From our perspective, thus, Big Data does not put an end to the scientific method – but it holds significant potential to enhance it: What we indeed consider as ‘revolutionary’ is the ever expanding set of methods to automatically collect, process, and analyze digital information. In various research fields, these methods can help us in systematically analyzing only loosely structured data sources such as websites or text documents. Big Data, in other words, provides inexpensive and timesaving means to tap uncharted sources of empirical evidence. Combined with explicit theory and sound social scientific methods, these innovative and replicable means of data collection and analysis contribute to answering substantial questions.

Analyzing politics beyond the nation state with big data technologies

The study of international and supranational politics is probably not the first research area that comes to mind in the context of Big Data. Still, two examples from our own research are well suited to exemplify the potential of Big Data methods.

The first example concerns a central question in international relations research: do demanding legal obligations encourage or discourage the ratification of international treaties by states? Past scholarship has produced equivocal findings, because it analyzed only subsets of relevant treaties; as a result, the question remains unresolved.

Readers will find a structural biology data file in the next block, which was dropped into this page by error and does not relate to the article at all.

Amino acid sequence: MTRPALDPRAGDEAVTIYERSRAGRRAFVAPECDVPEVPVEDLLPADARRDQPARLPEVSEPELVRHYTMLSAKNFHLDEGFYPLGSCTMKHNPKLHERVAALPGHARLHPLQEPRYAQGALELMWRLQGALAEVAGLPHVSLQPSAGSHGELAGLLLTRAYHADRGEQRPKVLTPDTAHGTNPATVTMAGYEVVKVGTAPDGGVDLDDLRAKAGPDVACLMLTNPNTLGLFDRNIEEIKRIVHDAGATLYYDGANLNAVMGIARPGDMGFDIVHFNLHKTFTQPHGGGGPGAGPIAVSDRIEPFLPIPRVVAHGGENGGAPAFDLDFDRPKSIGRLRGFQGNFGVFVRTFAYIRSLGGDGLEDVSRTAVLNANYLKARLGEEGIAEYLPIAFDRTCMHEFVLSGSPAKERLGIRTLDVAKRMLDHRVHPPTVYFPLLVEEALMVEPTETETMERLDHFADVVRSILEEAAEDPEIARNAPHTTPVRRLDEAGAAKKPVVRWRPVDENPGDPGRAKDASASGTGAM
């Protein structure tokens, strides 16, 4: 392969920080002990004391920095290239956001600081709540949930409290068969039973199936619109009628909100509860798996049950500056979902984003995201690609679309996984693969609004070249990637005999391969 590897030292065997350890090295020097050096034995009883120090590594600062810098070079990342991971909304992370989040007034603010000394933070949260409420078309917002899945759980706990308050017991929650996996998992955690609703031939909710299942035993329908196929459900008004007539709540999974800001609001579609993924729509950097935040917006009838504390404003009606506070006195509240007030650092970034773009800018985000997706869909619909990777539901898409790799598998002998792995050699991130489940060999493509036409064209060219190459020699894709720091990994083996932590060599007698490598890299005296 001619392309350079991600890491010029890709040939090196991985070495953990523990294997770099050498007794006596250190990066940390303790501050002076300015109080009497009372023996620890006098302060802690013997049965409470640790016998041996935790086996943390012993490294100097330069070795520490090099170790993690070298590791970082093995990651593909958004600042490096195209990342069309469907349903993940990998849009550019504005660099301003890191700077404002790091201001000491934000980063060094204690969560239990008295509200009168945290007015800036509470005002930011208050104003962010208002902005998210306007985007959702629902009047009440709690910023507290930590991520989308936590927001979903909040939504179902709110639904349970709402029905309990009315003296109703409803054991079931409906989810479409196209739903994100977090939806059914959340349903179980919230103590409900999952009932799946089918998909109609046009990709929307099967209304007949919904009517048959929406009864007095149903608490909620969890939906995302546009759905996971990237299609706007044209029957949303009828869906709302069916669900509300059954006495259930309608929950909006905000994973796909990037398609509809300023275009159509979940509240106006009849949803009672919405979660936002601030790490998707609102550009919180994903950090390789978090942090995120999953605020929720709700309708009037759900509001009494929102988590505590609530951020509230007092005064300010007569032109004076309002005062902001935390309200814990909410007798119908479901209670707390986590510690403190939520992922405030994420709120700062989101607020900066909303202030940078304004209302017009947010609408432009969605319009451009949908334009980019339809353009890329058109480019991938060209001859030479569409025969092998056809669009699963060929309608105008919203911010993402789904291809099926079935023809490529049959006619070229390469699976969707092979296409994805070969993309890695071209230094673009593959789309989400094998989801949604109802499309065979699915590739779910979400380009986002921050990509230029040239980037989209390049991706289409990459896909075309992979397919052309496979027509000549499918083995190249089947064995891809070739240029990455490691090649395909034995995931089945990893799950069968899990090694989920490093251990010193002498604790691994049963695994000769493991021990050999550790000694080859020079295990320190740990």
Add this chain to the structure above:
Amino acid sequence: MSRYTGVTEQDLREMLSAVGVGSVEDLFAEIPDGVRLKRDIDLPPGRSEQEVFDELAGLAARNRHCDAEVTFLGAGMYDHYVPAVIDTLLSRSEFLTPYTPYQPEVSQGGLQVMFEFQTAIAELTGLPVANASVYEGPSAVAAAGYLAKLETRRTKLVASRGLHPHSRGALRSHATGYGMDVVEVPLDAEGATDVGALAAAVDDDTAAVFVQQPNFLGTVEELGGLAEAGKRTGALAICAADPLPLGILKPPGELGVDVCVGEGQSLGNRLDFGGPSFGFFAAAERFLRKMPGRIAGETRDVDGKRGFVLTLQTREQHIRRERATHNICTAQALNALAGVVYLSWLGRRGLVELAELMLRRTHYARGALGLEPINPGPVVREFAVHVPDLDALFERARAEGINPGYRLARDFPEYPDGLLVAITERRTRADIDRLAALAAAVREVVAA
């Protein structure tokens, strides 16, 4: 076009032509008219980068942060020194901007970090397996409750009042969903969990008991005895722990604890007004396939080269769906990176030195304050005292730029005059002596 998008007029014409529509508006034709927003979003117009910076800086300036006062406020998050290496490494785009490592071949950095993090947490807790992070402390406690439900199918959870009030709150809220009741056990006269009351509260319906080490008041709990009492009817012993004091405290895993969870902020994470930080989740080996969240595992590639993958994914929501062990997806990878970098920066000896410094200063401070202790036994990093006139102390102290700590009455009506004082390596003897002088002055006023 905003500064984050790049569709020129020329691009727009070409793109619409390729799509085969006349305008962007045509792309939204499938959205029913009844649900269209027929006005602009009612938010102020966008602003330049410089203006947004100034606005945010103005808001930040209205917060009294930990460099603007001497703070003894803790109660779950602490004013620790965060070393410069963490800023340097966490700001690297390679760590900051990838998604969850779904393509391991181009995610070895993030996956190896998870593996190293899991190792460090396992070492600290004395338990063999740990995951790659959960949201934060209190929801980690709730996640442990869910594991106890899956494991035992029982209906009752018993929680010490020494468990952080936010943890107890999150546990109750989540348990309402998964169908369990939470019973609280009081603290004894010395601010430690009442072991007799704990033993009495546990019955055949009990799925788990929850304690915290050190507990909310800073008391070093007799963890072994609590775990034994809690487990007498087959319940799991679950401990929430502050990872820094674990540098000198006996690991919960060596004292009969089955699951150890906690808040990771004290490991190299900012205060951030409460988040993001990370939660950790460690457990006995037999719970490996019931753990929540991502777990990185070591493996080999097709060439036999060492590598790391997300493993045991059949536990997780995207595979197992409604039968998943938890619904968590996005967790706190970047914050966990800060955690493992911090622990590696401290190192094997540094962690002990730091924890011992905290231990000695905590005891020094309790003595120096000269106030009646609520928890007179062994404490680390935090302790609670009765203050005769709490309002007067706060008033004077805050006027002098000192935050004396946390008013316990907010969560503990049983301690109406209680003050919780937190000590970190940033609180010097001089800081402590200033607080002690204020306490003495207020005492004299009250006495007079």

The usual expectation is that states ignore demanding treaties in order to retain their freedom of action. We argue, however, that this decision varies with the substantive issue area a treaty covers.  Where tougher treaty rules do commit oneself and especially other states to a specific course of action (e.g. reduction of air pollution, lower trade barriers), states should be more willing to sign onto more demanding obligations. When demanding treaty obligations mainly constrain one’s own freedom of action without binding others, more demanding obligations discourage ratification. The latter mechanism prevails in international human rights law, while the former applies in areas where inter-state cooperation is needed to provide common public goods (e.g. clean air, security).

Our research question and theory inform our data choices: we need to capture individual states’ willingness for treaty ratification, here measured by the time needed to take this step, to isolate issue areas and their treaties from each another, and to seize the entire variation in demanding treaty obligations therein. We are quickly confronted with several thousand observations if we consider each of the 193 states for about 80 treaties from human rights and environmental regulation over the past 50 years.